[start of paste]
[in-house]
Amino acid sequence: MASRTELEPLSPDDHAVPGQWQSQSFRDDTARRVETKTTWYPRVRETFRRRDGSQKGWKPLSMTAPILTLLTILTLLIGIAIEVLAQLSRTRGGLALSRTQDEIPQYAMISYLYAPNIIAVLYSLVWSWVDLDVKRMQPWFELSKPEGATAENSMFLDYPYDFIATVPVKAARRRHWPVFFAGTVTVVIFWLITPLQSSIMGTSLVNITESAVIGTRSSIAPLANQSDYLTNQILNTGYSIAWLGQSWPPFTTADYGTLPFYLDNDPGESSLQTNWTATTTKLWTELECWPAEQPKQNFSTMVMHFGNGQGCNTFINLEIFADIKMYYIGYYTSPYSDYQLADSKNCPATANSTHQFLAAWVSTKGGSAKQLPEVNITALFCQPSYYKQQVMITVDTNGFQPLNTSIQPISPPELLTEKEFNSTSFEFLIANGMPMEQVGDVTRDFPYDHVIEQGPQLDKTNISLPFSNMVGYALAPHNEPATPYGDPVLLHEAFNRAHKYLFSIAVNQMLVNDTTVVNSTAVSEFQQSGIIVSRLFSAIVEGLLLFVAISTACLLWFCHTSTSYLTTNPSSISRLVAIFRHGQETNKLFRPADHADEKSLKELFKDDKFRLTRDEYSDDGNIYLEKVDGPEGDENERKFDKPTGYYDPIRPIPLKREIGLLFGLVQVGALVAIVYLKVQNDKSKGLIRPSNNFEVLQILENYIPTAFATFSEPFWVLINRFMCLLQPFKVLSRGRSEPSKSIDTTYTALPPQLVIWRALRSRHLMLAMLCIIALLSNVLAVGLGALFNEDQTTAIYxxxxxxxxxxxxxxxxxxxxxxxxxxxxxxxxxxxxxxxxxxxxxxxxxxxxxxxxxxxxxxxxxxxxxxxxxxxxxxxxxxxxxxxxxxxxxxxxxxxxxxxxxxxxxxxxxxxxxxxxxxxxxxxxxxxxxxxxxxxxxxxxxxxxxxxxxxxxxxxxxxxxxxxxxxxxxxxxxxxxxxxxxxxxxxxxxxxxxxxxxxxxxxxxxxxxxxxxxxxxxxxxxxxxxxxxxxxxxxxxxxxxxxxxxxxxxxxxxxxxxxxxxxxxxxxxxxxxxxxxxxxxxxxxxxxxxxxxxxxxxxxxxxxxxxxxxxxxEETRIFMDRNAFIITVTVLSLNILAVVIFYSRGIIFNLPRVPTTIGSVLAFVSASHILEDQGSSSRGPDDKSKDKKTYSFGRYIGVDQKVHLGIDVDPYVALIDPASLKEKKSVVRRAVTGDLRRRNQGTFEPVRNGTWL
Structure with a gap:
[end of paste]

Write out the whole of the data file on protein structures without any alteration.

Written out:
[in-house]
Amino acid sequence: MASRTELEPLSPDDHAVPGQWQSQSFRDDTARRVETKTTWYPRVRETFRRRDGSQKGWKPLSMTAPILTLLTILTLLIGIAIEVLAQLSRTRGGLALSRTQDEIPQYAMISYLYAPNIIAVLYSLVWSWVDLDVKRMQPWFELSKPEGATAENSMFLDYPYDFIATVPVKAARRRHWPVFFAGTVTVVIFWLITPLQSSIMGTSLVNITESAVIGTRSSIAPLANQSDYLTNQILNTGYSIAWLGQSWPPFTTADYGTLPFYLDNDPGESSLQTNWTATTTKLWTELECWPAEQPKQNFSTMVMHFGNGQGCNTFINLEIFADIKMYYIGYYTSPYSDYQLADSKNCPATANSTHQFLAAWVSTKGGSAKQLPEVNITALFCQPSYYKQQVMITVDTNGFQPLNTSIQPISPPELLTEKEFNSTSFEFLIANGMPMEQVGDVTRDFPYDHVIEQGPQLDKTNISLPFSNMVGYALAPHNEPATPYGDPVLLHEAFNRAHKYLFSIAVNQMLVNDTTVVNSTAVSEFQQSGIIVSRLFSAIVEGLLLFVAISTACLLWFCHTSTSYLTTNPSSISRLVAIFRHGQETNKLFRPADHADEKSLKELFKDDKFRLTRDEYSDDGNIYLEKVDGPEGDENERKFDKPTGYYDPIRPIPLKREIGLLFGLVQVGALVAIVYLKVQNDKSKGLIRPSNNFEVLQILENYIPTAFATFSEPFWVLINRFMCLLQPFKVLSRGRSEPSKSIDTTYTALPPQLVIWRALRSRHLMLAMLCIIALLSNVLAVGLGALFNEDQTTAIYxxxxxxxxxxxxxxxxxxxxxxxxxxxxxxxxxxxxxxxxxxxxxxxxxxxxxxxxxxxxxxxxxxxxxxxxxxxxxxxxxxxxxxxxxxxxxxxxxxxxxxxxxxxxxxxxxxxxxxxxxxxxxxxxxxxxxxxxxxxxxxxxxxxxxxxxxxxxxxxxxxxxxxxxxxxxxxxxxxxxxxxxxxxxxxxxxxxxxxxxxxxxxxxxxxxxxxxxxxxxxxxxxxxxxxxxxxxxxxxxxxxxxxxxxxxxxxxxxxxxxxxxxxxxxxxxxxxxxxxxxxxxxxxxxxxxxxxxxxxxxxxxxxxxxxxxxxxxEETRIFMDRNAFIITVTVLSLNILAVVIFYSRGIIFNLPRVPTTIGSVLAFVSASHILEDQGSSSRGPDDKSKDKKTYSFGRYIGVDQKVHLGIDVDPYVALIDPASLKEKKSVVRRAVTGDLRRRNQGTFEPVRNGTWL
Structure with a gap: